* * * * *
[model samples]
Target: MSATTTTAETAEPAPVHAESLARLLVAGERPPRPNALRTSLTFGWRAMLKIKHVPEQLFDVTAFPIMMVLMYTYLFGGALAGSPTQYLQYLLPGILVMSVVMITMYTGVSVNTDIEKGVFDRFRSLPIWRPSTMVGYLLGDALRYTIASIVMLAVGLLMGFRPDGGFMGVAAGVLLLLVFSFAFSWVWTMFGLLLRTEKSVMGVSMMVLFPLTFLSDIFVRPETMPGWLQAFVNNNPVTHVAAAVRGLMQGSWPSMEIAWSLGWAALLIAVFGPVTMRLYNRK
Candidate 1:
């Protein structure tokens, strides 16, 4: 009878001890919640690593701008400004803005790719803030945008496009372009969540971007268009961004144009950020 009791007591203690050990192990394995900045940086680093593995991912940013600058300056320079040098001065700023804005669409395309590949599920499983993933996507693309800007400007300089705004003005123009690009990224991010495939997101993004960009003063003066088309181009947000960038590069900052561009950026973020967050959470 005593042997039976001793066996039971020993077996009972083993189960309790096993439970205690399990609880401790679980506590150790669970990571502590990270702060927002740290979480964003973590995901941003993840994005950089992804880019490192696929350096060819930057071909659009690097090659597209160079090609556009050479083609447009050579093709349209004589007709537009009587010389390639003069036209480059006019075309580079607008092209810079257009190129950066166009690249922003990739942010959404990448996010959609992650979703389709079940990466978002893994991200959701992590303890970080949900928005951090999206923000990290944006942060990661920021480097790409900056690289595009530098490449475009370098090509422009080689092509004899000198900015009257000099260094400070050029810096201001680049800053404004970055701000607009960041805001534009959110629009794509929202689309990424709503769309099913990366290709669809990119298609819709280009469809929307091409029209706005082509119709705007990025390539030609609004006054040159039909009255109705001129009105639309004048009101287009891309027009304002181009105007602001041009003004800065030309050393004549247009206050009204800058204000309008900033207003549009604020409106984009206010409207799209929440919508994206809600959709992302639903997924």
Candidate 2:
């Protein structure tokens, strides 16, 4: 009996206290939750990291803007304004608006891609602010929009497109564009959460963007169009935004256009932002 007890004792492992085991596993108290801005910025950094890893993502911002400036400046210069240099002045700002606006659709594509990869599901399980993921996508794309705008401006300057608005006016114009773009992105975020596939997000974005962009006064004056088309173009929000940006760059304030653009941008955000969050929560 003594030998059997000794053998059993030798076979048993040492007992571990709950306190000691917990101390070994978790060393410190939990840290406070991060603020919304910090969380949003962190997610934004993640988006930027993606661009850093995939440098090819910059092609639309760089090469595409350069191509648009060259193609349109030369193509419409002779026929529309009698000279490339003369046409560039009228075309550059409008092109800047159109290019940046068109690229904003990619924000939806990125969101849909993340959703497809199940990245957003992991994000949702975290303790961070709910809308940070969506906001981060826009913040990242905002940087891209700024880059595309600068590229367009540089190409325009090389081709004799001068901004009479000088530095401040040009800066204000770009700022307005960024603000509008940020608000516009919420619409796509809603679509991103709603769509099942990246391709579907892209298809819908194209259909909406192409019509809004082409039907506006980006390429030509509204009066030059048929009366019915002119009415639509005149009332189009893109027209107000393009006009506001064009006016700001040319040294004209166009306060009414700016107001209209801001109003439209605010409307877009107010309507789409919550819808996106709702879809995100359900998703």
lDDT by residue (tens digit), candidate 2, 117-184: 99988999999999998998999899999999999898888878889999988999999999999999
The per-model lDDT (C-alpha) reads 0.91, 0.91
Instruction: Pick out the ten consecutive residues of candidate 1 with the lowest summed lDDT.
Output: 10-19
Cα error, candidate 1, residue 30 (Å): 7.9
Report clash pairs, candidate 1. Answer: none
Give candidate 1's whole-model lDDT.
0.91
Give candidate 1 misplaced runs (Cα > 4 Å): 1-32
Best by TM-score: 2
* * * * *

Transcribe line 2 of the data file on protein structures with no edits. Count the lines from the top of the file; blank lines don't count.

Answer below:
Target: MSATTTTAETAEPAPVHAESLARLLVAGERPPRPNALRTSLTFGWRAMLKIKHVPEQLFDVTAFPIMMVLMYTYLFGGALAGSPTQYLQYLLPGILVMSVVMITMYTGVSVNTDIEKGVFDRFRSLPIWRPSTMVGYLLGDALRYTIASIVMLAVGLLMGFRPDGGFMGVAAGVLLLLVFSFAFSWVWTMFGLLLRTEKSVMGVSMMVLFPLTFLSDIFVRPETMPGWLQAFVNNNPVTHVAAAVRGLMQGSWPSMEIAWSLGWAALLIAVFGPVTMRLYNRK